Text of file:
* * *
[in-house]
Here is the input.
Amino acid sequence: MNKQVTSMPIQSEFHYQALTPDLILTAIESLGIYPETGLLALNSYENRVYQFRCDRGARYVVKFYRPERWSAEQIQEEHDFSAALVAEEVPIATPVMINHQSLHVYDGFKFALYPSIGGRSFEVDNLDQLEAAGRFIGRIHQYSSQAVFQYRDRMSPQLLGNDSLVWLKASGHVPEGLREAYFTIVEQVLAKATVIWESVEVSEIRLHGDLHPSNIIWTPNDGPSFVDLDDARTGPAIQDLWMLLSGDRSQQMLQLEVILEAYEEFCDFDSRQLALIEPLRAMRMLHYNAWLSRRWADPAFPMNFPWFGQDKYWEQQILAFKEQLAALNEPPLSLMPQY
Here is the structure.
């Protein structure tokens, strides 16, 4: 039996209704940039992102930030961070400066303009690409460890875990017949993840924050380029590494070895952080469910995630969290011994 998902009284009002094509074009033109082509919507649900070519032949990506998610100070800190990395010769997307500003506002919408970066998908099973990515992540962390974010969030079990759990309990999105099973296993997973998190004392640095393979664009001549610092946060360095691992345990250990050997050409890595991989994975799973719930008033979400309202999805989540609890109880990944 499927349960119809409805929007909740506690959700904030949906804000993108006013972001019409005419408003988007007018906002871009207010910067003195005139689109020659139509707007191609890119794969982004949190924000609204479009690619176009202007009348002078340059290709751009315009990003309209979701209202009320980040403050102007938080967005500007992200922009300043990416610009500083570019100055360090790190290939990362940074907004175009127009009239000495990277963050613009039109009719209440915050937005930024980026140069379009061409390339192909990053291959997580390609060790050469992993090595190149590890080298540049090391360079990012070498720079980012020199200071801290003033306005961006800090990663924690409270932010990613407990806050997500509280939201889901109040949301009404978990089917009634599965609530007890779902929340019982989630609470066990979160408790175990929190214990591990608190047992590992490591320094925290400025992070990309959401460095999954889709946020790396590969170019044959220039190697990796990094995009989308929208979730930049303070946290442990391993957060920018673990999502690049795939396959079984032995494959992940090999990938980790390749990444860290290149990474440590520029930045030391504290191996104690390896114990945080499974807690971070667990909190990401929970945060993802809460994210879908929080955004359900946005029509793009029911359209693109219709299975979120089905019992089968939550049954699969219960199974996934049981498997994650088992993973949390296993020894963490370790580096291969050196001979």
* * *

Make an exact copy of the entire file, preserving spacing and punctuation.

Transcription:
[in-house]
Here is the input.
Amino acid sequence: MNKQVTSMPIQSEFHYQALTPDLILTAIESLGIYPETGLLALNSYENRVYQFRCDRGARYVVKFYRPERWSAEQIQEEHDFSAALVAEEVPIATPVMINHQSLHVYDGFKFALYPSIGGRSFEVDNLDQLEAAGRFIGRIHQYSSQAVFQYRDRMSPQLLGNDSLVWLKASGHVPEGLREAYFTIVEQVLAKATVIWESVEVSEIRLHGDLHPSNIIWTPNDGPSFVDLDDARTGPAIQDLWMLLSGDRSQQMLQLEVILEAYEEFCDFDSRQLALIEPLRAMRMLHYNAWLSRRWADPAFPMNFPWFGQDKYWEQQILAFKEQLAALNEPPLSLMPQY
Here is the structure.
């Protein structure tokens, strides 16, 4: 039996209704940039992102930030961070400066303009690409460890875990017949993840924050380029590494070895952080469910995630969290011994 998902009284009002094509074009033109082509919507649900070519032949990506998610100070800190990395010769997307500003506002919408970066998908099973990515992540962390974010969030079990759990309990999105099973296993997973998190004392640095393979664009001549610092946060360095691992345990250990050997050409890595991989994975799973719930008033979400309202999805989540609890109880990944 499927349960119809409805929007909740506690959700904030949906804000993108006013972001019409005419408003988007007018906002871009207010910067003195005139689109020659139509707007191609890119794969982004949190924000609204479009690619176009202007009348002078340059290709751009315009990003309209979701209202009320980040403050102007938080967005500007992200922009300043990416610009500083570019100055360090790190290939990362940074907004175009127009009239000495990277963050613009039109009719209440915050937005930024980026140069379009061409390339192909990053291959997580390609060790050469992993090595190149590890080298540049090391360079990012070498720079980012020199200071801290003033306005961006800090990663924690409270932010990613407990806050997500509280939201889901109040949301009404978990089917009634599965609530007890779902929340019982989630609470066990979160408790175990929190214990591990608190047992590992490591320094925290400025992070990309959401460095999954889709946020790396590969170019044959220039190697990796990094995009989308929208979730930049303070946290442990391993957060920018673990999502690049795939396959079984032995494959992940090999990938980790390749990444860290290149990474440590520029930045030391504290191996104690390896114990945080499974807690971070667990909190990401929970945060993802809460994210879908929080955004359900946005029509793009029911359209693109219709299975979120089905019992089968939550049954699969219960199974996934049981498997994650088992993973949390296993020894963490370790580096291969050196001979």